The Equus family is larger and more diverse than you may think. Each member with its own distinct look and coloring.
As I started delving into the equus family tree I realized just how colorful and beautiful these animals really are. I’m hard pressed to pick a favorite & sad to see so many of them in danger for their lives.
There are far too many colors to put in one post, so I’ve separated into sections. Today we’ll meet the horses, asses and onagers & next week the zebras.
These two groups contain all of the color & some of the most (and least) common members of the Equus family.
Also known as the European Wild Horse or the the Eastern European Horse and is now extinct. They were once found throughout the steppe region of eastern Europe and western Eurasia. However their widespread range led to their demise, they were slowly gobbled up by domestication & crossbreeding.
It is thought that the Tarpan died out early in the 19th century.
The last of the true wild horses (after the demise of the Tarpan), the Mongolian Wild Horse or Przewalski’s Horse is the only surviving ancestor of domestic horse as we know them today. These animals used to range from eastern Europe through Russia, Mongolia & China, they can now be found in a zoo near you.
Due to hunting, loss of habitat and competition for resources with domestic animals the Mongolian Wild Horse is critically endangered.
Far from extinct, the domestic horse has flourished into a wide variety of unique breeds & colors. People began domesticating horses around 4000 B.C. and today wild horses on every continent (with the exception of the Mongolian Wild Horse) are all descendant from domesticated stock.
The Nubian Wild Ass is thought to be the ancestor of domestic donkeys. In addition to displaying dun characteristics, they also carry a stripe across their shoulder which is common with domestic donkeys. These animals were found in the northeast of Africa and are said to have first been domesticated around 6,000 years ago in Egypt or Mesopotamia.
The Nubian Wild Ass is listed as critically endangered and most likely totally extinct in the wild.
A very close relative to the Nubian Ass, the Somali Wild Ass is the smallest of the wild equids. They share physical characteristics of their brothers however they carry a unique feature, dark black striping on their legs, belying their close relation to the zebras. Believe it or not, these animals are more at risk from hunting than any other threat, although destruction of habitat and competition for scarce resources are major factors.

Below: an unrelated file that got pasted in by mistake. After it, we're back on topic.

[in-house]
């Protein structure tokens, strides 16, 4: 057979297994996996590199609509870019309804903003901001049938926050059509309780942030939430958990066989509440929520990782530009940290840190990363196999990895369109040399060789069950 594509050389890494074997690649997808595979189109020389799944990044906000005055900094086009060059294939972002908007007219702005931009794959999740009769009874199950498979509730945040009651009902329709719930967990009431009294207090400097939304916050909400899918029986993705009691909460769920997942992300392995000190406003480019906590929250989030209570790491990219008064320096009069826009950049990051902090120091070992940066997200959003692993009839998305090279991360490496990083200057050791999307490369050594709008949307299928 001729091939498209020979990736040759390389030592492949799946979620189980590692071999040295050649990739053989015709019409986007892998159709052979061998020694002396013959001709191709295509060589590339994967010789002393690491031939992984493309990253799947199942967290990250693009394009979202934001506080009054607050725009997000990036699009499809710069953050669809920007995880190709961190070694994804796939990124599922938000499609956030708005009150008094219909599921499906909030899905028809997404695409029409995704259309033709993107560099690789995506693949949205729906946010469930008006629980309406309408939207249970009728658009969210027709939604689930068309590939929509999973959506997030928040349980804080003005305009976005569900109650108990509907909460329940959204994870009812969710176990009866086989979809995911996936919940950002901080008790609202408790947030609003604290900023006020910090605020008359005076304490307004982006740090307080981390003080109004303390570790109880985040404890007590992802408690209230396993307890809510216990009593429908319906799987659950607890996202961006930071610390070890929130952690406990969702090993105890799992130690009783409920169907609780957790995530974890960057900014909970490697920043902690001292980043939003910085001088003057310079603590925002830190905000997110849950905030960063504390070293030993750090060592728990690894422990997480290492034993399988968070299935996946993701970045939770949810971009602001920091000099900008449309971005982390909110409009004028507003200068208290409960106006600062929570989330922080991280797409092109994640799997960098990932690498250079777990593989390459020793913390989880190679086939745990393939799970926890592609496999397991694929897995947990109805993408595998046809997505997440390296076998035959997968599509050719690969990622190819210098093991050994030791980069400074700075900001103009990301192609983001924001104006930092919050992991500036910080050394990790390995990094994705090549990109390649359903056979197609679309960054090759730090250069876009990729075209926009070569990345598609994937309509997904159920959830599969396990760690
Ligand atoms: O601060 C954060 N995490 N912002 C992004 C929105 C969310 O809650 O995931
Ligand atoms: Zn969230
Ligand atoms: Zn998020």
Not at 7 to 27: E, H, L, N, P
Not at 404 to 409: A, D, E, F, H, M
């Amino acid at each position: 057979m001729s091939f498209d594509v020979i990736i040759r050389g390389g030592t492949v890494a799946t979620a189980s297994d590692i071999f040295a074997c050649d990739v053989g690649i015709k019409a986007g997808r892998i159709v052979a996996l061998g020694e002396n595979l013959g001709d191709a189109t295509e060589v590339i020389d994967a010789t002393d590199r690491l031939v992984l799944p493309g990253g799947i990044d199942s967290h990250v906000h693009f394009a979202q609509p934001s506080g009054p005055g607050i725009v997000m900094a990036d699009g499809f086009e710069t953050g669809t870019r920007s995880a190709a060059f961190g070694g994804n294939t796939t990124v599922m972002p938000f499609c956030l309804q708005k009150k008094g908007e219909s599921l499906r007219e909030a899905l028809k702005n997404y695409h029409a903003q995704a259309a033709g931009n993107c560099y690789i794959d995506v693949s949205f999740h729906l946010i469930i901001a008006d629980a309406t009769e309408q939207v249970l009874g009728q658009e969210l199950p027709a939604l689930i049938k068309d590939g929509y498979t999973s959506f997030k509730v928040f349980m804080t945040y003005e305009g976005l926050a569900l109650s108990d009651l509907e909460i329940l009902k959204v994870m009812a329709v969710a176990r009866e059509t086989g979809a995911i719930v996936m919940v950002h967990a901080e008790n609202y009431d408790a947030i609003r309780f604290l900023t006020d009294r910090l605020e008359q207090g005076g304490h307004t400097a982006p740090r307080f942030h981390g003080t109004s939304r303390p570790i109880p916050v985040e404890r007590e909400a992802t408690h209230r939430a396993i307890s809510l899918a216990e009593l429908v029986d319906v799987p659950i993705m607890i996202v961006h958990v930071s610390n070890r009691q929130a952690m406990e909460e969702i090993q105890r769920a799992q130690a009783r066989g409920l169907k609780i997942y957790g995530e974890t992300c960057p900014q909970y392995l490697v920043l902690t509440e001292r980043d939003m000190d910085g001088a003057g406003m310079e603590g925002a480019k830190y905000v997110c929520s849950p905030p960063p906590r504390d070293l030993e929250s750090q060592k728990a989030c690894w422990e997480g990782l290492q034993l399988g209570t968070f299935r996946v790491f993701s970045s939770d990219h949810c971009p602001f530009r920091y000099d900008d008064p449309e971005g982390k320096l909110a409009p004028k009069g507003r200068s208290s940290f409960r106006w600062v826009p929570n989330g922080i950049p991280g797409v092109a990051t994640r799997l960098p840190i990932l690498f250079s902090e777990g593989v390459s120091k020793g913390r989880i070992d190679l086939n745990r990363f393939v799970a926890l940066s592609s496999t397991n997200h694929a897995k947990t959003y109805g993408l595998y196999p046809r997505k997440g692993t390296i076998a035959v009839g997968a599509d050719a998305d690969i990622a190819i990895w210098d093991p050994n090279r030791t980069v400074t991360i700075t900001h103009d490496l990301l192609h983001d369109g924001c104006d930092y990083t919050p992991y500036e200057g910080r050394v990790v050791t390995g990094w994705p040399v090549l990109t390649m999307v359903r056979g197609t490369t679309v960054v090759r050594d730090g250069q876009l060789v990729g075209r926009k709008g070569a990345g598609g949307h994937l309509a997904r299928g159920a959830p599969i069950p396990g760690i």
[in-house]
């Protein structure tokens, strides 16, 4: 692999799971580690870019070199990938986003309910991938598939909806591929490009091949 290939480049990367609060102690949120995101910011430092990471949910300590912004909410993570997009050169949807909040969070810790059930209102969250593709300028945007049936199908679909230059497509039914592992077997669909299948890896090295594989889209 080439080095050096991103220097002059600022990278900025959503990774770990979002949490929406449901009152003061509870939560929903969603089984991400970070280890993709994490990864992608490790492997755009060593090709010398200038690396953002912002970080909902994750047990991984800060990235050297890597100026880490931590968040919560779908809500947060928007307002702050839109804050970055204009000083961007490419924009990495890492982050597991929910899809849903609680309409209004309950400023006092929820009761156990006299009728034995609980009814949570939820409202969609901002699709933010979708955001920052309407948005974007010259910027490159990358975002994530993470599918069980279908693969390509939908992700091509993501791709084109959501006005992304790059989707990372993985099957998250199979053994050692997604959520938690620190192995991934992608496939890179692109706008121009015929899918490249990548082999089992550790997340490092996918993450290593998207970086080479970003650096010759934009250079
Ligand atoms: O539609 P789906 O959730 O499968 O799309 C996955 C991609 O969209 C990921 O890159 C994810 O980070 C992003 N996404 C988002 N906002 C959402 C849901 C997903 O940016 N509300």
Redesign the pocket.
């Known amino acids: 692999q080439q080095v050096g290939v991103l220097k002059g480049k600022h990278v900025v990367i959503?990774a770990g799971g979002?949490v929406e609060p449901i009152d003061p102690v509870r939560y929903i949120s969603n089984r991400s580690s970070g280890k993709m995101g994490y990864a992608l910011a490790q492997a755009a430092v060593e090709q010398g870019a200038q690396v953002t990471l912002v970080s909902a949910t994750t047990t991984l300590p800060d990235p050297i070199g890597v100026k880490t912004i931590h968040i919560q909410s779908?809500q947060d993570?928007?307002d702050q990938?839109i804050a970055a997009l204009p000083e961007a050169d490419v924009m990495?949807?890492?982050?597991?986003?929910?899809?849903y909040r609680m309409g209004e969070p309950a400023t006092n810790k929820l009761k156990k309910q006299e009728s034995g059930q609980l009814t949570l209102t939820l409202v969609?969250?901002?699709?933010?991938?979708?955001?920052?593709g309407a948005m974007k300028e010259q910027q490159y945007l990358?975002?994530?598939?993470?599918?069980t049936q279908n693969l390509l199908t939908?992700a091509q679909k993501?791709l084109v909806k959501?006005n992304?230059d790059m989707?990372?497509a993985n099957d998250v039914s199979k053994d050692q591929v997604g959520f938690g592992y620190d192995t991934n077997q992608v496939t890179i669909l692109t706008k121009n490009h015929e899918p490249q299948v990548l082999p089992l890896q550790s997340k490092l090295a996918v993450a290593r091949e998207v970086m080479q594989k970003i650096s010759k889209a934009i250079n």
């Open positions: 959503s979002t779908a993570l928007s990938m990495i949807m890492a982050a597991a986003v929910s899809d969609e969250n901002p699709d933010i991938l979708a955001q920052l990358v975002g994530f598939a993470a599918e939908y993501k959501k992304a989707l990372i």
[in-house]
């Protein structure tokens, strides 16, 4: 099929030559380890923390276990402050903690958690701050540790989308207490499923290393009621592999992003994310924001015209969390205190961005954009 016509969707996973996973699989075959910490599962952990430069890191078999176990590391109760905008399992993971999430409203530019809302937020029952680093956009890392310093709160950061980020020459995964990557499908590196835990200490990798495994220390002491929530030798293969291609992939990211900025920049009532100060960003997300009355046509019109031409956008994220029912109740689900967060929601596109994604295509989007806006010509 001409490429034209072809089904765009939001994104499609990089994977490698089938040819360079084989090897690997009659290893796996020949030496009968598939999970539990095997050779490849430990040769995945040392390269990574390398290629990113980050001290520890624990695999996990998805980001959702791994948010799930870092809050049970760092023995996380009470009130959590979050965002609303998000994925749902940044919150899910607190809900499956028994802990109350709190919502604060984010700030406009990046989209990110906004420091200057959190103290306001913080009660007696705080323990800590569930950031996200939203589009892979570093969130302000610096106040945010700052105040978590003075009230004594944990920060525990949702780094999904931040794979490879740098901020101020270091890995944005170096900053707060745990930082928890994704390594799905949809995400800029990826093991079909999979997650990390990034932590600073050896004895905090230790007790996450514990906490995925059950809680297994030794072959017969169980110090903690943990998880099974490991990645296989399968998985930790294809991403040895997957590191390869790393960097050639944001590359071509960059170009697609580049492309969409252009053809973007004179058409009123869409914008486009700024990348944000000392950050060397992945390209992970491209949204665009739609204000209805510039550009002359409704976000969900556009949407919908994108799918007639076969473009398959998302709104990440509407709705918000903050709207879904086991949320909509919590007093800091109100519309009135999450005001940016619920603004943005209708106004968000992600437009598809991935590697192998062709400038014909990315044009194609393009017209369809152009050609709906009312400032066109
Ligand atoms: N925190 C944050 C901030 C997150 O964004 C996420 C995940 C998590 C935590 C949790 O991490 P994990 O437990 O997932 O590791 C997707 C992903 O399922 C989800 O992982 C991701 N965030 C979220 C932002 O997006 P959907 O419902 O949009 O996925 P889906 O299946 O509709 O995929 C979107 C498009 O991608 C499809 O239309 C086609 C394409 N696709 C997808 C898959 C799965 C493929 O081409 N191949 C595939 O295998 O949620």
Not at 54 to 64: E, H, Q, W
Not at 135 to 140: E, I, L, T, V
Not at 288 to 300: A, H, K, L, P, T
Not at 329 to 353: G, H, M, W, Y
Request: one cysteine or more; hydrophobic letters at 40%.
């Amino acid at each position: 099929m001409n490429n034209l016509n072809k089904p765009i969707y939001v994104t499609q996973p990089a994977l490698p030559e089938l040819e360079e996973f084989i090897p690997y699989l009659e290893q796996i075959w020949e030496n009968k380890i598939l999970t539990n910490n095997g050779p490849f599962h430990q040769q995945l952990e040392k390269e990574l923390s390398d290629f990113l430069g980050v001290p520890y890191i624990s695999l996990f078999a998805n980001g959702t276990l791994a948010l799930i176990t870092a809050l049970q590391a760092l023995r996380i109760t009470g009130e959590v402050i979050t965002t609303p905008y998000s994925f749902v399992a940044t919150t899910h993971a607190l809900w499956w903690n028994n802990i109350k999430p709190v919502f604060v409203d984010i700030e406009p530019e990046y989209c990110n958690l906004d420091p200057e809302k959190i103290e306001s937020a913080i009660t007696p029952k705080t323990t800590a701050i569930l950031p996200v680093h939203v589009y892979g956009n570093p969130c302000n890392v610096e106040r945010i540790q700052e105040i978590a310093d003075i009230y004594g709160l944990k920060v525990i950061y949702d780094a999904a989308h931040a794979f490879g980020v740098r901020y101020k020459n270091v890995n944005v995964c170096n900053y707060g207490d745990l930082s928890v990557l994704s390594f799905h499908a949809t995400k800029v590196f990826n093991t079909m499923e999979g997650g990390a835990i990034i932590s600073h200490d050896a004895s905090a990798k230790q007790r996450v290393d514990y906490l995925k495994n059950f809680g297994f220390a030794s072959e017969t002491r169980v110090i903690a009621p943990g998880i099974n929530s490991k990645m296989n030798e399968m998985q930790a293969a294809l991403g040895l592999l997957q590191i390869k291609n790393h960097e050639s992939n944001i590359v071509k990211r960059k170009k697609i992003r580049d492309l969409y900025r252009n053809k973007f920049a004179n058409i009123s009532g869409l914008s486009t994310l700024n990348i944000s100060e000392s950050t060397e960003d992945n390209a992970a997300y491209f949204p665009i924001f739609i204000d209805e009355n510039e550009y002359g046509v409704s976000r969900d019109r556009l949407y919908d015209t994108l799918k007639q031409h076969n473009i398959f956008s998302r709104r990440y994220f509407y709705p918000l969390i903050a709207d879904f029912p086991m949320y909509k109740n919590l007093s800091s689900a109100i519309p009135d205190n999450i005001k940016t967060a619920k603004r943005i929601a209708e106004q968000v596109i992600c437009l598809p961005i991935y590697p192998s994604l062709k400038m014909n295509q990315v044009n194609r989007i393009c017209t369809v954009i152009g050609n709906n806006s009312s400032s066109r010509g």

The Somali Wild Ass is listed as critically endangered & virtually extinct in the wild.
Also called a burro in some parts of the world, the domestic Donkey can be found around the globe. First domesticated around 3000 B.C. they have spread into a wide range of breeds, colors & shapes. Although all of the subspecies can interbreed, (a post for another day) generally their offspring are barren & unable to reproduce.
The Mongolian Wild Ass can be still be found in small pockets in Mongolia & northern China, they are now extinct in Kazakhstan. The main threat to these animals is hunting, they provide a cheap alternative for domestic meat to local people. Despite their protection under law in Mongolia, (and their dwindling numbers) the persistent hunting & loss of habitat is a serious threat to this subspecies.
The Mongolian Wild Ass has lost about 50% of its former range in the past 70 years and is listed as a vulnerable species.
The Syrian Wild Ass is now extinct but were once found in the region from Palestine to Iraq. These animals were common during the 16th & 17th century and traveled in large herds. However by the 18th century they had disappeared from the Syrian Desert & by the early 19th century Northern Arabia too.
The last of the Syrian Wild Ass subspecies was extinguished completely early in the 20th century.
The Indian Wild Ass used to be found from western India, through Afghanistan and southeastern Iran. Today they can only be found in the Gujarat provence in the Rann of Kutch (mainly because there is an ass sanctuary there). The drop in their numbers is in large part due to disease, however habitat degradation and competition with domestic stock play their parts too.
The Indian Wild Ass is listed as endangered, although conservation efforts have been beneficial.
The Turkmenian Kulan can be found in a variety of habitats from Iran to Mongolia and were abundant in the wild until relatively recently. Since the dissolution of the Soviet Union their numbers have dropped dramatically.
I had difficulty locating any listing information for the Turkmenian Kulan, if anyone knows, please share in the comments.
The Persian Onager can be found from Mongolia to Saudi Arabia to southern Russia & Kazakhstan to northwestern India & Tibet. They have no natural predators, but humans have done a good job of destroying their numbers. Hunting, competition for food & resources and degradation of habitat are all taking their toll.
The Persian Onager was once considered their own species, today they are a critically endangered subspecies.
Perhaps one of the most populous of the wild asses, the Kiang is widely distributed through Tibet, regions of China, Nepal & India. Three subspecies have been defined in different ranges, however their taxonomy is still controversial and unsure. The Kiang is the largest of the wild ass species and their only natural predator is the wolf. Humans hunt them for meat & their skin which is used for leather.
The Kiang is lower risk than most of this page, however they face the same issues if conservation efforts aren’t enforced.
A Big Family
This is just half of the family (if you don’t count hybrid cousins, that is) so be sure to check back next week when we meet the zebras. You may just be surprised at how many different stripes there can be!